It’s been a trying week for our family. You learn things when your people need healthcare. It’s an entirely different perspective. I am doctor; I’ve been a patient, but this was the first time being “the family.”
Without going into details, (see her guest post), my wife Staci came to need the best that American healthcare has to offer. Let’s say it was a non-preference-sensitive decision to proceed with a major surgery.
As I write this, things are stable and well here at home.
Here are some observations of the experience:
People in the business of delivering healthcare are good people. Early on in the course, before it was known we were doctors, people treated us with compassion and kindness. Simply put, our caregivers delivered care. After it was known we were doctors, the experience changed—that may not be right, but it is fact.
Although there was a true need for surgery, the surgical approach was preference sensitive. In this case, there were multiple surgeons available, including the doctor on call, a specialist in group A, and a specialist in group B. These were not insignificant choices because the three surgeons approached the fix in three different ways. This is tricky; how one chooses in these situations highlights one of medicine’s great challenges: picking the best doctor for you. Dr. Kevin Pho recently wrote about the thorny topic of rating doctors in the USA Today.
Here I am an experienced doctor who has worked in the same medical community for 18 years, and I truly didn’t know. Ultimately, we relied on another doctor, one who was in the field, to sort it out for us. She was careful with her words; no, she didn’t speak down about any colleague, but her preference was clear.
Now that the surgery is over, and successful, it’s clear we made the right choice. Our surgeon was reserved but confident, clear of words, respectful and he performed skillfully. An aide came in the night before surgery and told us that our chosen man would be her third choice. We stayed with our pick. Now that I have had time to digest the experience, read more about the surgeries, and talk with our surgeon, it’s clear why an aide might have thought our surgeon was the third best option.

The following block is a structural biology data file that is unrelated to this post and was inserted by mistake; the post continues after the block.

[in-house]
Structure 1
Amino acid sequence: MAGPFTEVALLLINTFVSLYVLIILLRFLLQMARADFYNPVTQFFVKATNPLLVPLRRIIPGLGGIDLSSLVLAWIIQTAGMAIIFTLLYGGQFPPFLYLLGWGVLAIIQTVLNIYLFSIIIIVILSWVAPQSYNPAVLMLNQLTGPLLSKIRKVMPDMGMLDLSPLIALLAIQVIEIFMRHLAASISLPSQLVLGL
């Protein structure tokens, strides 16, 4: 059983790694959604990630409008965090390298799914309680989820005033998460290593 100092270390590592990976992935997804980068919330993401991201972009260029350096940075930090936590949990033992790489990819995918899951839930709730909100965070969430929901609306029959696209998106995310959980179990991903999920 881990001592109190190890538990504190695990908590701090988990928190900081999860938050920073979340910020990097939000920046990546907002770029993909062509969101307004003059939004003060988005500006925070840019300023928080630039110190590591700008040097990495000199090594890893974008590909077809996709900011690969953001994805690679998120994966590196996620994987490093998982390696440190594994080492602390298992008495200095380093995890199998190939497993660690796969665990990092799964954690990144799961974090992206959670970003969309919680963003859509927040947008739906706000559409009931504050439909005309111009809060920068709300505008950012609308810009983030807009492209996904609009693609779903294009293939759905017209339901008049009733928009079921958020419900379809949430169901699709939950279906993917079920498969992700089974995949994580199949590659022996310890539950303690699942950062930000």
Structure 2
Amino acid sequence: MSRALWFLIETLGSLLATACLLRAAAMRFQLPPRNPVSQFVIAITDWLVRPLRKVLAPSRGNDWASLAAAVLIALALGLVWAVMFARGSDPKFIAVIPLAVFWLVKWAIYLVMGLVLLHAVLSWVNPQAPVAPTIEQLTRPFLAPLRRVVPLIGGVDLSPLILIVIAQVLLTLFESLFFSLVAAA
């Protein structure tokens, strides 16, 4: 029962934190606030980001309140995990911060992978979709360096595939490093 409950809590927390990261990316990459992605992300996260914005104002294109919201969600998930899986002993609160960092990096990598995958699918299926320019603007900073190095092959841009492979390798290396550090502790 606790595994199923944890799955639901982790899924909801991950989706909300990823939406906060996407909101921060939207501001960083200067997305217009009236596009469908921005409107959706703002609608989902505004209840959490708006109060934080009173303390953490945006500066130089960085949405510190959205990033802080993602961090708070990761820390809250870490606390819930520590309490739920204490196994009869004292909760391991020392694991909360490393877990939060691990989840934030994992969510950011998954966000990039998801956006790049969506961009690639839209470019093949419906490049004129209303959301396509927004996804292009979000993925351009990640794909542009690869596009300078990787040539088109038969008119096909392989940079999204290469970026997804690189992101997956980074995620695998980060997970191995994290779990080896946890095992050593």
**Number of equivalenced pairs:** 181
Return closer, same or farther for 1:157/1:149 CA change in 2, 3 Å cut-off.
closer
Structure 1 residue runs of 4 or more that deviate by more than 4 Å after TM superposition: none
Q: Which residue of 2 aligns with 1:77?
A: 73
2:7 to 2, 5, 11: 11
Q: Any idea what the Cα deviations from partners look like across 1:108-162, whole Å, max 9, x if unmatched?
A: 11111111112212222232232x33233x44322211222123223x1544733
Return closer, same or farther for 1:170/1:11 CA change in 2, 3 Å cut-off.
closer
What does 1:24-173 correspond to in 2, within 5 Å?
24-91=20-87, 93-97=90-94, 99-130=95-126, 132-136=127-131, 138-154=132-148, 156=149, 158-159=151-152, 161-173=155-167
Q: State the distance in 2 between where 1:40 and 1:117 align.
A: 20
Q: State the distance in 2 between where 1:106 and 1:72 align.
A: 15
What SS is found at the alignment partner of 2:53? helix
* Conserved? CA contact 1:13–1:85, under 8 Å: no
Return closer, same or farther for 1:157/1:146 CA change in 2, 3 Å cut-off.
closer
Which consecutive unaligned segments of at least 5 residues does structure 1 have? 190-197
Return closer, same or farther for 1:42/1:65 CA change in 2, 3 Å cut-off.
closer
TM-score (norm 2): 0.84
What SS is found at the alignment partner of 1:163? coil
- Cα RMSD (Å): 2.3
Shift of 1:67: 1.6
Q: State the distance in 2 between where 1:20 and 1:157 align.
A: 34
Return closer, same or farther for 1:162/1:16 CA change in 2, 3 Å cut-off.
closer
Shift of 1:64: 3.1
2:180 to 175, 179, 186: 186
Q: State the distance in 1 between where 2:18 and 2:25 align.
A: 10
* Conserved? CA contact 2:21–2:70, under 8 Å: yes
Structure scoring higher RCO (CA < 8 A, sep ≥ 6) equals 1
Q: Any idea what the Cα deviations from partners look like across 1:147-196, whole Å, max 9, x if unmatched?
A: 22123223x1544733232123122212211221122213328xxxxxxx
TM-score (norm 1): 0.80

Another observation comes from the anesthesia experience. Our anesthesiologist texted me before the surgery and asked if he could do the case. We had worked together before and I think highly of him, as both a person and doctor. Assessing things after, what most stood about his care was not his skillful delivery of anesthesia, but his compassion, delivered through words and deeds while doing his “job.” Remembering how he talked, and cared, brought tears to the eyes of his patient. “It matters,” was what Staci said about the way we treat people.
Yet another new perspective came from the experience of waiting in the OR waiting room. When they take your one soul mate away and you get to go sit in a chair in a big room, thoughts pop to mind. Big thoughts. (I could say existential, but I won’t.) Life flashes before you. As in: what was, and, what might be in one hour. Then a text message came: “the intubation went smoothly, incision made, everything is stable.” Those words were huge. A pressure was relieved. Then another text: “getting ready to close; still stable. See you in 15-20 minutes.” Again, tension was relieved.
The thing I learned about being a family in the waiting room is that although everything is “normal” for us as caregivers, it’s not so for the families. I’m going to work on doing better at communicating to families out there waiting for their loved ones. EP studies can be long.
A few other little things: Loud voices out in the hallway of hospital wards are really disruptive. The speed with which transporters whip beds around matters. Patients who are in pain or overcome with nausea are especially sensitive to
car bed sickness. Speaking of transporters, conversation is one thing, but noting that what he sees most of in our emergency room is people with blood clots, is s a little spooky when one has a surgical disease.
I don’t wish illness on any caregiver’s loved one. But when it happens you learn a lot. #perspective.